Tuesday, March 07, 2017

Jason Seidl: Quick take on EHH at CSX

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CSX CEO E. Hunter Harrison CSX CEO E. Hunter Harrison

Now that E. Hunter Harrison has become CEO of CSX, “we expect additional layoffs in addition to the recently announced 1,000 members of management,” says Cowen and Company Managing Director and Railway Age Wall Street Contributing Editor Jason Seidl. “We also expect CSX to easily exceed the previous long-term operating ratio goal of 65% over the next few years.”

“In a much expected announcement, CSX Corp. named Hunter Harrison as Chief Executive Officer, replacing the retiring Michael Ward, who will remain as a consultant,” Seidl notes. “The company also reached an agreement with activist investor Mantle Ridge that gives them five new seats (including Harrison and Mantle Ridge founder Paul Hilal) on the CSX Board of Directors. With three incumbent board members announcing their intent to resign their positions at the end of the year, the Board will have 13 members now, with current director Edward Kelly III becoming Chairman and Paul Hilal Vice Chairman.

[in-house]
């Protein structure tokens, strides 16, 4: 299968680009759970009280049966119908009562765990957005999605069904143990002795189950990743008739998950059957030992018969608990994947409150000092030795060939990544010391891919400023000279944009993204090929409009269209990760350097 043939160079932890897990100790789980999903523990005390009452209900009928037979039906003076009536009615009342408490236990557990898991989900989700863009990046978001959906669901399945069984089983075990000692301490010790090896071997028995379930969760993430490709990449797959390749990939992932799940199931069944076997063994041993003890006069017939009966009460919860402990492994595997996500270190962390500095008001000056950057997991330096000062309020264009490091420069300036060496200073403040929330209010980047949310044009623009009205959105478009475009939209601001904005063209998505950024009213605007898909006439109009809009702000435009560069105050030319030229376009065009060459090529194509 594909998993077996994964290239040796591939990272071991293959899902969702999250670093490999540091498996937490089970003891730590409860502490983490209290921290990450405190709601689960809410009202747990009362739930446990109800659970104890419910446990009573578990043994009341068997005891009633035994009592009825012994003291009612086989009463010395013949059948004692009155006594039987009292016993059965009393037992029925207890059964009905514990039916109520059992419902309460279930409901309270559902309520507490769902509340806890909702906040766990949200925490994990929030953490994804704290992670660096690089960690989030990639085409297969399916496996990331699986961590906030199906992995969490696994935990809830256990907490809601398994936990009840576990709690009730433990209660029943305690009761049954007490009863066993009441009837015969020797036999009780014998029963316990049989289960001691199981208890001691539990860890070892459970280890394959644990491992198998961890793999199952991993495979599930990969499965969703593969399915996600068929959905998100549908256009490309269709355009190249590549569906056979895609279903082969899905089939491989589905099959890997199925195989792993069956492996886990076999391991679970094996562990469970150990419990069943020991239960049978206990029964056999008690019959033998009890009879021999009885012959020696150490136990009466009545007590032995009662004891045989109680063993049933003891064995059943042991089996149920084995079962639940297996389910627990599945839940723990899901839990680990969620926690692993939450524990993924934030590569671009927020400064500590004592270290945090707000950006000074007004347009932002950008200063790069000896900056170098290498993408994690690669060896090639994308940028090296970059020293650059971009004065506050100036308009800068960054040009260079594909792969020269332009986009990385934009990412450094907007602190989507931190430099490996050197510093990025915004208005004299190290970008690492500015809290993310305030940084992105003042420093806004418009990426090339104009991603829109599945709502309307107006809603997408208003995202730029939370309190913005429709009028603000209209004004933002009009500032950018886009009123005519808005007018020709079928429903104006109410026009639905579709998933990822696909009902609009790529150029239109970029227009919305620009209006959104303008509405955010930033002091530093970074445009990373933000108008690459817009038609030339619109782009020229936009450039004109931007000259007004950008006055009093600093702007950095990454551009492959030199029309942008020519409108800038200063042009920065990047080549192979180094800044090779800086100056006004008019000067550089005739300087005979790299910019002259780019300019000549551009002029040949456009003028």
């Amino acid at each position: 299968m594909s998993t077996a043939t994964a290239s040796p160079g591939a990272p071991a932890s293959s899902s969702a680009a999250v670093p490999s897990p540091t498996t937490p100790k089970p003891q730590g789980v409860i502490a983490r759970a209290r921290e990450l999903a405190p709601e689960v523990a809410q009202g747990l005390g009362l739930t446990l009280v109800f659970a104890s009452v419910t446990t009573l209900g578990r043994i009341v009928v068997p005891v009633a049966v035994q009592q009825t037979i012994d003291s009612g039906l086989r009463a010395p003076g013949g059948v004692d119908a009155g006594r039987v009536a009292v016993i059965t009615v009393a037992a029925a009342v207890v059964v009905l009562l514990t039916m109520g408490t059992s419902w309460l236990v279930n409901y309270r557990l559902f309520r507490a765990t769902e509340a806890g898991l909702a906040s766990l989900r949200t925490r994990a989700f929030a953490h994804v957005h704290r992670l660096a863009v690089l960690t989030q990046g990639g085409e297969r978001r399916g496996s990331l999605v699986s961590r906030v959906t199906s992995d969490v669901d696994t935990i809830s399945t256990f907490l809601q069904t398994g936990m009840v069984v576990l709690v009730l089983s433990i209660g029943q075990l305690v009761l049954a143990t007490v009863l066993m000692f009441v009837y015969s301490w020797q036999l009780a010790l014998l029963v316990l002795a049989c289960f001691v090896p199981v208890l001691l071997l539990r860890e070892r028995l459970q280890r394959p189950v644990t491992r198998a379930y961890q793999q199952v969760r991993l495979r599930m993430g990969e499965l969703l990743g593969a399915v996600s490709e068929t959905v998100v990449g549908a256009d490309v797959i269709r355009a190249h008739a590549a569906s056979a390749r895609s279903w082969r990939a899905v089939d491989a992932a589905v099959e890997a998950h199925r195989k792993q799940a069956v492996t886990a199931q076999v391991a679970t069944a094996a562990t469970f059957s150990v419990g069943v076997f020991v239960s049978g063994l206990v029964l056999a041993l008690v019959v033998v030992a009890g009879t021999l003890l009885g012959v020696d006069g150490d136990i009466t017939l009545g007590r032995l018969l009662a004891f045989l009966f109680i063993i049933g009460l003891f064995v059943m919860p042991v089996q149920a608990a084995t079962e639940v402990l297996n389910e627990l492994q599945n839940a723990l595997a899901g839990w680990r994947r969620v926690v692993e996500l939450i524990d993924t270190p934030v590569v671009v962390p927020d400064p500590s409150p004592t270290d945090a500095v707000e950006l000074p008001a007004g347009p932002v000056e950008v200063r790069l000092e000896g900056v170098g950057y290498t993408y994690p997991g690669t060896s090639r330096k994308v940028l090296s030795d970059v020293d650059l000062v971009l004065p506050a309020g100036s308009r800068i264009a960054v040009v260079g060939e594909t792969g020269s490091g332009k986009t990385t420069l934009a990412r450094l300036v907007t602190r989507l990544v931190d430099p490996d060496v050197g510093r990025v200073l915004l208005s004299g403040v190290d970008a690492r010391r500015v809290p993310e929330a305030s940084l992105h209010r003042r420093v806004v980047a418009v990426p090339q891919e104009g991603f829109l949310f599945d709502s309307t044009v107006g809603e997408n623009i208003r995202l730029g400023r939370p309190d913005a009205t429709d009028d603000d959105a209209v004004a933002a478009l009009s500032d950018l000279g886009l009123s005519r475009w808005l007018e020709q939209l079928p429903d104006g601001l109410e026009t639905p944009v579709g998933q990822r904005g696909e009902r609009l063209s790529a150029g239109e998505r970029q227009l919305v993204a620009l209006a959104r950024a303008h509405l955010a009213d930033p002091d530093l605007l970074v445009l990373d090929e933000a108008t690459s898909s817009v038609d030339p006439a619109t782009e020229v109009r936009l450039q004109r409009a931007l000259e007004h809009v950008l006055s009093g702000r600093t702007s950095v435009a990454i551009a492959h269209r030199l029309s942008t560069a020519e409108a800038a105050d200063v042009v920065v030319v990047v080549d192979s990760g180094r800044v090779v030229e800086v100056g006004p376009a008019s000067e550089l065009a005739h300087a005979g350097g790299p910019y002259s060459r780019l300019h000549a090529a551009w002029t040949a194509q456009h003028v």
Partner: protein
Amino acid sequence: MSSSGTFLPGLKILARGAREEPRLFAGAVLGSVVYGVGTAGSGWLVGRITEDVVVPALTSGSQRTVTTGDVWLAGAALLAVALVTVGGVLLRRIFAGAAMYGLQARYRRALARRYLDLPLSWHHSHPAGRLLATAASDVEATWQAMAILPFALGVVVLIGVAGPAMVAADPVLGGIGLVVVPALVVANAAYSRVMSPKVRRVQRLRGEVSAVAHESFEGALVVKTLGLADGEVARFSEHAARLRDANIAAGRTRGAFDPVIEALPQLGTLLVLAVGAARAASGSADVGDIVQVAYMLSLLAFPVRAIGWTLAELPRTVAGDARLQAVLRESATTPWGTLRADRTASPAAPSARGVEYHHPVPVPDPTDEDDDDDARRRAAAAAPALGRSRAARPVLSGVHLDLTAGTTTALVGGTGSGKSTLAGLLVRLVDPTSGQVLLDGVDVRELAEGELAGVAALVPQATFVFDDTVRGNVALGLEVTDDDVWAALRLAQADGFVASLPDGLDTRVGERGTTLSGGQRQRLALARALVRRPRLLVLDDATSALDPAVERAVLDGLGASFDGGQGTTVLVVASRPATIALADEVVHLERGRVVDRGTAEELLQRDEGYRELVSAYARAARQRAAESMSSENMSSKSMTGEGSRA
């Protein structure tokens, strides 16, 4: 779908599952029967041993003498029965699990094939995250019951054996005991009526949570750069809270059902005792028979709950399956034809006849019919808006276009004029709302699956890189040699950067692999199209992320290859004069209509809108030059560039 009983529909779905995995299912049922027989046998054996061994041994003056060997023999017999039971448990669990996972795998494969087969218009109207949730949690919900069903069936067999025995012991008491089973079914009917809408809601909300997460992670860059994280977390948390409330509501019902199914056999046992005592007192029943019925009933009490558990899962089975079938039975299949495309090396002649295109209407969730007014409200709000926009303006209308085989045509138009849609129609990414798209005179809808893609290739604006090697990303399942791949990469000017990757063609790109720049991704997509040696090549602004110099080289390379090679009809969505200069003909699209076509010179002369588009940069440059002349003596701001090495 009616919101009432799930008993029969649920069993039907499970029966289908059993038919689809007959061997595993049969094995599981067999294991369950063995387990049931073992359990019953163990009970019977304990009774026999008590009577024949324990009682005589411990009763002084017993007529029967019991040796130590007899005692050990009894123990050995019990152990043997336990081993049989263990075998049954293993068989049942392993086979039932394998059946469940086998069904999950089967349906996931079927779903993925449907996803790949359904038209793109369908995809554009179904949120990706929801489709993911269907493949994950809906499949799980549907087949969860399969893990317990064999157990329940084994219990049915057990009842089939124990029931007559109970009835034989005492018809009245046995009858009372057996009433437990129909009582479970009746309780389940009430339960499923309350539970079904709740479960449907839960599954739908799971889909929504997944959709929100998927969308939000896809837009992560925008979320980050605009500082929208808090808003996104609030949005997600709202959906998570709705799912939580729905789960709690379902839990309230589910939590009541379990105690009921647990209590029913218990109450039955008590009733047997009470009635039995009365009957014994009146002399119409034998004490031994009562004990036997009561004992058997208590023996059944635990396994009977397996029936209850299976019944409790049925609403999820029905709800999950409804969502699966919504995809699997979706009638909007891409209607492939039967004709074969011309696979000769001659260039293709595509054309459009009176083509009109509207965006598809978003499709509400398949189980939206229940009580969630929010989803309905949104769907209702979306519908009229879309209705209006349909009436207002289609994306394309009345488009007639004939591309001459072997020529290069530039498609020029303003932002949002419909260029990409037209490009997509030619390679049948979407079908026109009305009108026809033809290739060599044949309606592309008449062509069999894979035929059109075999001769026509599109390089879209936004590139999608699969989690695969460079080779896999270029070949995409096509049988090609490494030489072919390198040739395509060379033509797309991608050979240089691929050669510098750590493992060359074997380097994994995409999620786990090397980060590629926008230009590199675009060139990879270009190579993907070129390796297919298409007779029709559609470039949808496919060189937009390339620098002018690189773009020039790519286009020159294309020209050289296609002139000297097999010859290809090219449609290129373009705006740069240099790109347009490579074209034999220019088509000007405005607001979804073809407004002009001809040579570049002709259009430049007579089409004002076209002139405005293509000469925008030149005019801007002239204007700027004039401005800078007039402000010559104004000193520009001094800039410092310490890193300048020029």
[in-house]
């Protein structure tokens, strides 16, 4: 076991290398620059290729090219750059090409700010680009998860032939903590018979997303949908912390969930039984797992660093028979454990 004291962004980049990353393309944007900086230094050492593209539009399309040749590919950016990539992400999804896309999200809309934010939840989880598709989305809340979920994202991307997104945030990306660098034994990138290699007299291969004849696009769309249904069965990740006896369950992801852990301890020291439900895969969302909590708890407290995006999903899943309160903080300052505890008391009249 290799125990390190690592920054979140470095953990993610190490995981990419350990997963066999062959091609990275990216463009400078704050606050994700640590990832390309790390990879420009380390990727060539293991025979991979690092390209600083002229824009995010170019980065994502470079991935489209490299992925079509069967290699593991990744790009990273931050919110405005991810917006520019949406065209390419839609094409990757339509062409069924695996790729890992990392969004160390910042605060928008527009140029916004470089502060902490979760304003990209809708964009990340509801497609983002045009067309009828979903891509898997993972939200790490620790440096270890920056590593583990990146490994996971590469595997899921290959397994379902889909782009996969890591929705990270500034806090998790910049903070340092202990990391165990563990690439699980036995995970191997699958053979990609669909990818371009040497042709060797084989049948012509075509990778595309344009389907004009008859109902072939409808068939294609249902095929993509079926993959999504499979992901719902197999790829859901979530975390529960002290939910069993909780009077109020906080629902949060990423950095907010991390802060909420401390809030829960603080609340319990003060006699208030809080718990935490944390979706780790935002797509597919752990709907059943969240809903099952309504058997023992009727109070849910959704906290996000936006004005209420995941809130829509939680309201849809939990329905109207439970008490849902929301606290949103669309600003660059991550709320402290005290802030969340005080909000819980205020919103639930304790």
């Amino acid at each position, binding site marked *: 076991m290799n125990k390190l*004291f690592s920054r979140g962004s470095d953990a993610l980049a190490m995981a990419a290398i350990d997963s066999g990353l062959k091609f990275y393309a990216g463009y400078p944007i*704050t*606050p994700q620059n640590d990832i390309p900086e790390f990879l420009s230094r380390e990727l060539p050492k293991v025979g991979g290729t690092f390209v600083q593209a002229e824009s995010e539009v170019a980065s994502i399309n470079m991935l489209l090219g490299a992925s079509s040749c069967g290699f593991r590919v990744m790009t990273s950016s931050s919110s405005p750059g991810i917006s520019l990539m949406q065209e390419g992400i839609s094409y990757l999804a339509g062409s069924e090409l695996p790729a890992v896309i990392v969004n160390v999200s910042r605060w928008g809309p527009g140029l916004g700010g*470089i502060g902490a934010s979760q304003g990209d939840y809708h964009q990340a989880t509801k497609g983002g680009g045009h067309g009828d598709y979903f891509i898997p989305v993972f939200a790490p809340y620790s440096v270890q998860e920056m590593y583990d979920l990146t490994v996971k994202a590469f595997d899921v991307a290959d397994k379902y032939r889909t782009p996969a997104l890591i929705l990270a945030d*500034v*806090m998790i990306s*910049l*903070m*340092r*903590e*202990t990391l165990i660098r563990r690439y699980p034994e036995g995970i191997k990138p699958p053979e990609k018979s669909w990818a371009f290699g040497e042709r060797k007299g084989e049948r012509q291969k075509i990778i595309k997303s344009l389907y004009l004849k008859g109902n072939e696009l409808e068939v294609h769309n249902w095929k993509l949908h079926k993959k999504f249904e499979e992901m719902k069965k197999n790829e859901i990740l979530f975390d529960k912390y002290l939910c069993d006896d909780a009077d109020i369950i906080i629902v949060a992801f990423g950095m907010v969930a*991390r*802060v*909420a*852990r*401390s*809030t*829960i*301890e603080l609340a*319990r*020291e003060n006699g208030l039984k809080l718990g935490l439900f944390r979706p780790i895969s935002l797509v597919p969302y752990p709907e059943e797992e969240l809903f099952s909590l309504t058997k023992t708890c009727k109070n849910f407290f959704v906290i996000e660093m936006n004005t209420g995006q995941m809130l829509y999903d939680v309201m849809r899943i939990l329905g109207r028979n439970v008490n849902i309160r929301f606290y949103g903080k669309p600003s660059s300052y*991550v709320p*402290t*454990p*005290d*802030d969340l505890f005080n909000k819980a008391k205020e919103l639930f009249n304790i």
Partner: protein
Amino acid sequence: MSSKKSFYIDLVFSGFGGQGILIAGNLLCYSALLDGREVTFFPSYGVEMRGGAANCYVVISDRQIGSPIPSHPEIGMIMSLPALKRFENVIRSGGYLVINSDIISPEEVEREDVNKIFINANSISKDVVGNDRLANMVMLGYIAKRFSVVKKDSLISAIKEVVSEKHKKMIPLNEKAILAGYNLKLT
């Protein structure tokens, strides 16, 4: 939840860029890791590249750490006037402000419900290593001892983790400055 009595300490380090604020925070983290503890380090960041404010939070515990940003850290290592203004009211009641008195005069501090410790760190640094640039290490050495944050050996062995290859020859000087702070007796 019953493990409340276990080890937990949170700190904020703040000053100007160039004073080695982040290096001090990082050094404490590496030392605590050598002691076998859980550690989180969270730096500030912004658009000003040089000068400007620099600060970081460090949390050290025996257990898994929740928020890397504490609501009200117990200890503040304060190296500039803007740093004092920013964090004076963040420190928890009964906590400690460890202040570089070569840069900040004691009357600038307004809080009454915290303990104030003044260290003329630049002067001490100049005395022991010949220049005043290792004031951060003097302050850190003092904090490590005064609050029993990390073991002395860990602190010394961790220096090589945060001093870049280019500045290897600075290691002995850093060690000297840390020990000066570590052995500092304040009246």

“According to reports, Harrison’s compensation will be roughly $200 million, down from the reported $300 million originally requested. He will receive incentive options to purchase nine million shares of CSX at its current trading price. These options will vest over four years, half based on service and half based on the achievement of designated performance goals over that period. A previously requested $84 million payment of compensation and benefits forfeited by Harrison as a result of his separation from Canadian Pacific will now be put to shareholders for a vote.

“While CSX was already in the process of laying off/cutting 1,000 people from its management ranks, we fully expect that Harrison will push that number higher and also cut into the rank-and-file headcount by reducing/combining yards and shops. It is also expected that the company will now focus on faster-growing areas of its network, which could lead to some shedding of lines.

“Harrison’s proverbial playbook of cutting ‘fat’ and running a scheduled railroad may not seem complicated, but his methods are time-tested and we fully expect him to easily exceed the company’s previous long-term OR target of 65% over the next few years. Our previous estimates are currently under review.”




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